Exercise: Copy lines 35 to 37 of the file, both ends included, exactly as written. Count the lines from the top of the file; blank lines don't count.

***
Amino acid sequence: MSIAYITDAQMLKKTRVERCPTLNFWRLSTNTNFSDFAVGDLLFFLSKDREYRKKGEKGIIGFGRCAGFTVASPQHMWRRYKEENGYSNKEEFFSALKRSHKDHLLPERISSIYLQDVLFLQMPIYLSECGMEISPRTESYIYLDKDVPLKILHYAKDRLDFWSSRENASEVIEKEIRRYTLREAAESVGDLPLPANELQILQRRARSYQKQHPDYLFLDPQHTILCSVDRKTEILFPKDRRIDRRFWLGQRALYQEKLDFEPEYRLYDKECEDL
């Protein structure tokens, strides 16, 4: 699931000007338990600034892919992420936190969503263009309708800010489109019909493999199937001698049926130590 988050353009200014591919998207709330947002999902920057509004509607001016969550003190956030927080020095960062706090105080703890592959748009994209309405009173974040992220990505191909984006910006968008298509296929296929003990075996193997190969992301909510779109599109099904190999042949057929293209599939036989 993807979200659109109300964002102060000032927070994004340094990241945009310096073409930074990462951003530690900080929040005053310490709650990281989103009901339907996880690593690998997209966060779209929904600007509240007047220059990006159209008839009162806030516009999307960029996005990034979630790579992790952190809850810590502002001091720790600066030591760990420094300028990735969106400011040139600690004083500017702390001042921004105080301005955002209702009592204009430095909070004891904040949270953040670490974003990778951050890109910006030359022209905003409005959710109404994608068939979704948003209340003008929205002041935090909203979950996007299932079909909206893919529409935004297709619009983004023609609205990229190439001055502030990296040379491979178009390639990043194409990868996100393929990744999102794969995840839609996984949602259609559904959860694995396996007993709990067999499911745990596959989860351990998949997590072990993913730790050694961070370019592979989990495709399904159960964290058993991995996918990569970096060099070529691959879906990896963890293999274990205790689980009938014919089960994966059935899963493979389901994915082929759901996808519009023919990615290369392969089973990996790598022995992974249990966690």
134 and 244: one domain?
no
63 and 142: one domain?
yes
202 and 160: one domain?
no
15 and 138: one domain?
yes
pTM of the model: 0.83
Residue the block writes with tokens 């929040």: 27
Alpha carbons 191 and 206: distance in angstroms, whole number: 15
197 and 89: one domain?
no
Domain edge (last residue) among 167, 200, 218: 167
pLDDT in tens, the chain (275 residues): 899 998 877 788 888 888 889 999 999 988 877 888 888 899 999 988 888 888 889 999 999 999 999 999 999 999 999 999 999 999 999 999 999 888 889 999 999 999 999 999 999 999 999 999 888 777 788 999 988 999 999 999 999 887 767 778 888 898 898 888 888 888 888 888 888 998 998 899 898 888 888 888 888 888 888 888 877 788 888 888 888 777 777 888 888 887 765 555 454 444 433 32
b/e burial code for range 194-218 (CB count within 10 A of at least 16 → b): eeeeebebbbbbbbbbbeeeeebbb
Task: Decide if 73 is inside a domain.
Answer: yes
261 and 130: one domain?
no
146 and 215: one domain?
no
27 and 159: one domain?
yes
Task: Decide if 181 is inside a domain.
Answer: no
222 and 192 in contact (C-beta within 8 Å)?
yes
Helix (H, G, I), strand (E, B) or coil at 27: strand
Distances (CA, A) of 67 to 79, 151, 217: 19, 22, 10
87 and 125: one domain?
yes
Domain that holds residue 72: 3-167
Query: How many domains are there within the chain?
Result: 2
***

Domain that holds residue 72: 3-167
Query: How many domains are there within the chain?
Result: 2